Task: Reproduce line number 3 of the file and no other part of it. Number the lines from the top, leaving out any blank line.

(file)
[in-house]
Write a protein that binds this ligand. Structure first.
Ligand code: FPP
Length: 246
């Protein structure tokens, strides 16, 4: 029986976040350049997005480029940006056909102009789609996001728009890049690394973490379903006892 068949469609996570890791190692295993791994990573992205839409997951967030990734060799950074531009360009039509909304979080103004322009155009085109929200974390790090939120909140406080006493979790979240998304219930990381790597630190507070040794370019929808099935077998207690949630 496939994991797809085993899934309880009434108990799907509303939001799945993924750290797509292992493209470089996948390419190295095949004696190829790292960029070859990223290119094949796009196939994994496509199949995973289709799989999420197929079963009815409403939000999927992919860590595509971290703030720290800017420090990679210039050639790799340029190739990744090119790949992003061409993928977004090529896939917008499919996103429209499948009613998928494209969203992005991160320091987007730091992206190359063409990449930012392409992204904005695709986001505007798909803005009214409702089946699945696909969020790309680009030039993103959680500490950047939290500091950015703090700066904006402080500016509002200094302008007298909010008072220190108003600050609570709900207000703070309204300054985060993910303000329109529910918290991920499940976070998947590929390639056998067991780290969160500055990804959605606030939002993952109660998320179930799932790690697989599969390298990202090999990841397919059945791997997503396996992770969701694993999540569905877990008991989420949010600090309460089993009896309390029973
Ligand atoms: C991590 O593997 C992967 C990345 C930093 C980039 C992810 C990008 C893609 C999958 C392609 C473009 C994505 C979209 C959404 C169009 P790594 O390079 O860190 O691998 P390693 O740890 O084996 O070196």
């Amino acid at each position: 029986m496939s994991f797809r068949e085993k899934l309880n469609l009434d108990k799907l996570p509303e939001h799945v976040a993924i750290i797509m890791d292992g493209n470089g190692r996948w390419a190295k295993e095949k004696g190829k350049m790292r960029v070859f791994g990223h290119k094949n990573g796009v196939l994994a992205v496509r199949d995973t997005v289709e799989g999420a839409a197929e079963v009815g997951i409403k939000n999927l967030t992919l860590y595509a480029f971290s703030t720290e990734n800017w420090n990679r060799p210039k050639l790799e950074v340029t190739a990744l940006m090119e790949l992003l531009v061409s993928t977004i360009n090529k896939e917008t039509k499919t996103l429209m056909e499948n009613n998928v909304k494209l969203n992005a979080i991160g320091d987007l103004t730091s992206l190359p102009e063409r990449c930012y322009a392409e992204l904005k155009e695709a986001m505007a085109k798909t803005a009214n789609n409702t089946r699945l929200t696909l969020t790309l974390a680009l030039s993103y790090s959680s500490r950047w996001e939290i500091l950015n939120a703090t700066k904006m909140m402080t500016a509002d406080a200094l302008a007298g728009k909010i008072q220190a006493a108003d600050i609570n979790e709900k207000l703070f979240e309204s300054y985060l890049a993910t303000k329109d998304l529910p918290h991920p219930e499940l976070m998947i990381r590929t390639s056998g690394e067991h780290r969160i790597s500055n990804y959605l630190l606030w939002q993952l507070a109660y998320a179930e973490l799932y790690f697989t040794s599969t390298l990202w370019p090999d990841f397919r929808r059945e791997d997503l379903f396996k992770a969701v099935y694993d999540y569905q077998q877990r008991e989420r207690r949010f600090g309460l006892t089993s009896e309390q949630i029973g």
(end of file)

Ligand code: FPP